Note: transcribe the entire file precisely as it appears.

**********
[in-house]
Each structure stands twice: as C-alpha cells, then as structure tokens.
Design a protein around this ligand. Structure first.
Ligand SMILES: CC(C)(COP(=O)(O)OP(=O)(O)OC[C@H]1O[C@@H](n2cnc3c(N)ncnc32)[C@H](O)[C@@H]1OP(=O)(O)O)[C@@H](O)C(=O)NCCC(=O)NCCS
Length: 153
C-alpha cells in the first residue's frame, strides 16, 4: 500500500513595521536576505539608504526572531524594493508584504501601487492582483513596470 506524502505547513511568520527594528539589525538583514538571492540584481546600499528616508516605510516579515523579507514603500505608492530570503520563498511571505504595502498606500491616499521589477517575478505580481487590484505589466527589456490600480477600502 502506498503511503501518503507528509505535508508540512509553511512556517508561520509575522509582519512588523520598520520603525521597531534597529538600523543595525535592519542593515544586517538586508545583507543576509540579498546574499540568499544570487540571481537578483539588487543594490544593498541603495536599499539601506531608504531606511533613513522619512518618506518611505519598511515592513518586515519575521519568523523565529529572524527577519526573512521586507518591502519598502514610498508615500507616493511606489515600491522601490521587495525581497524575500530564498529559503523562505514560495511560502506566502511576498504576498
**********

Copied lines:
[in-house]
Each structure stands twice: as C-alpha cells, then as structure tokens.
Design a protein around this ligand. Structure first.
Ligand SMILES: CC(C)(COP(=O)(O)OP(=O)(O)OC[C@H]1O[C@@H](n2cnc3c(N)ncnc32)[C@H](O)[C@@H]1OP(=O)(O)O)[C@@H](O)C(=O)NCCC(=O)NCCS
Length: 153
C-alpha cells in the first residue's frame, strides 16, 4: 500500500513595521536576505539608504526572531524594493508584504501601487492582483513596470 506524502505547513511568520527594528539589525538583514538571492540584481546600499528616508516605510516579515523579507514603500505608492530570503520563498511571505504595502498606500491616499521589477517575478505580481487590484505589466527589456490600480477600502 502506498503511503501518503507528509505535508508540512509553511512556517508561520509575522509582519512588523520598520520603525521597531534597529538600523543595525535592519542593515544586517538586508545583507543576509540579498546574499540568499544570487540571481537578483539588487543594490544593498541603495536599499539601506531608504531606511533613513522619512518618506518611505519598511515592513518586515519575521519568523523565529529572524527577519526573512521586507518591502519598502514610498508615500507616493511606489515600491522601490521587495525581497524575500530564498529559503523562505514560495511560502506566502511576498504576498